Since today is a rest day it's as good a time as any to share some of my reading list from the past year.
The 2 books that meant the most to me and that I feel helped me to become a better runner were, without a doubt The Champion's Mind: How Great Athletes Think, Train, and Thrive by Jim Afremow, PhD and 1:59: The Sub-Two-Hour Marathon Is Within Reach—Here’s How It Will Go Down, and What It Can Teach All Runners about Training and Racing by Dr Phil Maffetone
In The Champion's Mind I learned what I needed to do to master the mental mental side of running. While I still have a way to go, Jim Afremow showed me how to go about defeating my most powerful enemy and turn it into my greatest ally; that is of course my own mind.
When I first picked up the book, I was at a point were the biggest struggle I had with my running was the mental battle that I seemed to be constantly loosing. As any runner knows, to paraphrase Yogi Berra, running "is ninety percent mental and the other half is physical" and I was in serious need of some mental training.
After reading the book and employing the proper tactics to "feed the good wolf" I was not only able to push through the tough moments we all face on the road but I also began to enjoy running even more. By starving the bad wolf my mind was now free to focus on the important things and not the suck.
Where The Champion's Mind upped my mental game, 1:59 did the same for the running part of running. Dr Maffetone is well known for his heart rate training "plan" (Maffetone Method) and since I had been regressing in my training I was open to trying something different.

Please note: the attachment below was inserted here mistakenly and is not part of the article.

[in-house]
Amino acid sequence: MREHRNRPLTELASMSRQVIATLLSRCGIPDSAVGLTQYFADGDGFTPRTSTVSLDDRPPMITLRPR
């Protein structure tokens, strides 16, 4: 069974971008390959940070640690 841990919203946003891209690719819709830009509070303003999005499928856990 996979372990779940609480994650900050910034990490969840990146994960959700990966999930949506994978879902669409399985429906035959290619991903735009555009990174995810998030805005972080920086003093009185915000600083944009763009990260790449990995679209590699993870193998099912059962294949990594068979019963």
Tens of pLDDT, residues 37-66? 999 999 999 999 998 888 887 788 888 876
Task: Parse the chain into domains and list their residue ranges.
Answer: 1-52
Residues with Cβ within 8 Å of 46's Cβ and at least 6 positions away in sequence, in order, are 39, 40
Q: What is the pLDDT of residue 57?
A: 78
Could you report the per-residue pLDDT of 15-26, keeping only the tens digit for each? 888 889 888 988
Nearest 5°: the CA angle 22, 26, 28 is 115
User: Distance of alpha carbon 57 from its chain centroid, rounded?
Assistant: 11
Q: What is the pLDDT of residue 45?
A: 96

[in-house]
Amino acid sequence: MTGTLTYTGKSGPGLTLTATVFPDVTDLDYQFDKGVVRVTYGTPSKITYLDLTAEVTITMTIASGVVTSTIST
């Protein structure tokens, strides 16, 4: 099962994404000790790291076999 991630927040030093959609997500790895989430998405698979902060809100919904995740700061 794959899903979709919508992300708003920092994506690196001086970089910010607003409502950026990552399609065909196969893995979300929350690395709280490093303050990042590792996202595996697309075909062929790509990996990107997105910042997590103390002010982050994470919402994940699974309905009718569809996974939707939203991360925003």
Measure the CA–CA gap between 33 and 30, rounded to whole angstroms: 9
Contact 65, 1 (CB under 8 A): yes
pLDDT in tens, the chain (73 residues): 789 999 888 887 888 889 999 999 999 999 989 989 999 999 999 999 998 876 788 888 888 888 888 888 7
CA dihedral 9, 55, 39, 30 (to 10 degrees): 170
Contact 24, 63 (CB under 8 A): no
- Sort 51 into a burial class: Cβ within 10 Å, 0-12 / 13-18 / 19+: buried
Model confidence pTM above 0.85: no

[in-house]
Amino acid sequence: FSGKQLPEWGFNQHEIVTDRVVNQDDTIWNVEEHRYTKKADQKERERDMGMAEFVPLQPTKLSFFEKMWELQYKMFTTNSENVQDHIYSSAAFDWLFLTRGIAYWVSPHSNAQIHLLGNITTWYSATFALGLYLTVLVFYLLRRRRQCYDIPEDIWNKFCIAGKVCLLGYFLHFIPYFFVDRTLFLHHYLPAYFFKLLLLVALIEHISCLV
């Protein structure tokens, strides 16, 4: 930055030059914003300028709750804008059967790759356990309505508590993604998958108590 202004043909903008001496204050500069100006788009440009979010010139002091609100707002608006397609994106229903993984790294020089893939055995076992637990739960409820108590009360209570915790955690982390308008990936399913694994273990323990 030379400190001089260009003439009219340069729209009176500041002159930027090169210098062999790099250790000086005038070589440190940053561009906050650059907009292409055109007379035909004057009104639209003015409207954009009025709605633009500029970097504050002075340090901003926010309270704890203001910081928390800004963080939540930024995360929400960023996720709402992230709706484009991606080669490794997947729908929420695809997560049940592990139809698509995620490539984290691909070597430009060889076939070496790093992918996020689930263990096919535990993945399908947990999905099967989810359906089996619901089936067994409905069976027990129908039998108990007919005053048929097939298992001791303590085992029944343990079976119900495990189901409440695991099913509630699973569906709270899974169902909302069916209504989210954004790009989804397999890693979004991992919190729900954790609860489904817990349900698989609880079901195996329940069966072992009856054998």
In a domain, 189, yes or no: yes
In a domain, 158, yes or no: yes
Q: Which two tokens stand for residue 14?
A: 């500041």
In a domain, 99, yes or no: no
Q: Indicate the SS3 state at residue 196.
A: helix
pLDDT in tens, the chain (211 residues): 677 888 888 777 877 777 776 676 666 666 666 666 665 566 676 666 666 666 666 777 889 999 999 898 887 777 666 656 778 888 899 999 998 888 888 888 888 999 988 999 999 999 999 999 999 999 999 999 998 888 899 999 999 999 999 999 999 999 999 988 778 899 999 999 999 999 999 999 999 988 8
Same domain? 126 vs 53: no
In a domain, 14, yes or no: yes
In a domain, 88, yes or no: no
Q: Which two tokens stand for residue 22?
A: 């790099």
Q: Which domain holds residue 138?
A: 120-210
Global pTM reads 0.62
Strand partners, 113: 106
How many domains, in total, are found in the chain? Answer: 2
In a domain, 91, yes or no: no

There is a lot more to HR training than simply running at a prescribed heart rate and being done with it. Dr Maffetone preaches Training = Workout + Recovery but I'll even do 1 further and say it's Training = Diet + Workout + Recovery because he shows that it's only through proper fueling that you realize the full benefits of the method.
If I was only allowed 2 "desert island" books, these would be them hands down. I have learned so much about myself as a result of reading both of them and have become a better runner because of them.
The last 2 books that I truely enjoyed were more for entertainment but also provided a good glimpse into what it takes to be a runner. It doesn't hurt that I picked up a thing or 3 from them as well.
Marathon Man: My 26.2-Mile Journey from Unknown Grad Student to the Top of the Running World by Bill Rodgers is a wonderful real about how a running icon, who was at the forefront of the 70's running boom, became the elite runner that he was. It was interesting to learn that "Boston Billy" owed a lot of his success to not only his hard work and dedication but to being in the right places at the right time. Imagine where running might be today if Rodgers didn't have such a focused college roommate as Amby Burfoot or didn't leave a weekend of partying on Cape Cod to watch the Boston Marathon.
The last book on my list is Overthinking the Marathon by Ray Charbonneau. Even though it sounds like a training guide, it isn't and while the author isn't an elite runner, he is still a quite acomplished marathoner and provides an entertaining look into the life more of us can relate to as runners. The book really does offer great insight into how an older, experienced runner prepares for a race while showing that after all the miles logged that you never know what you don't know.
So there you have it. If you decide to read these, let me know what you think. Also, if you have any books you think I'd like, feel free to share.
Now it's time to get some sleep. Tommorow's run is a 16 miler that's a bit out of my comfort zone but we all need those sometimes.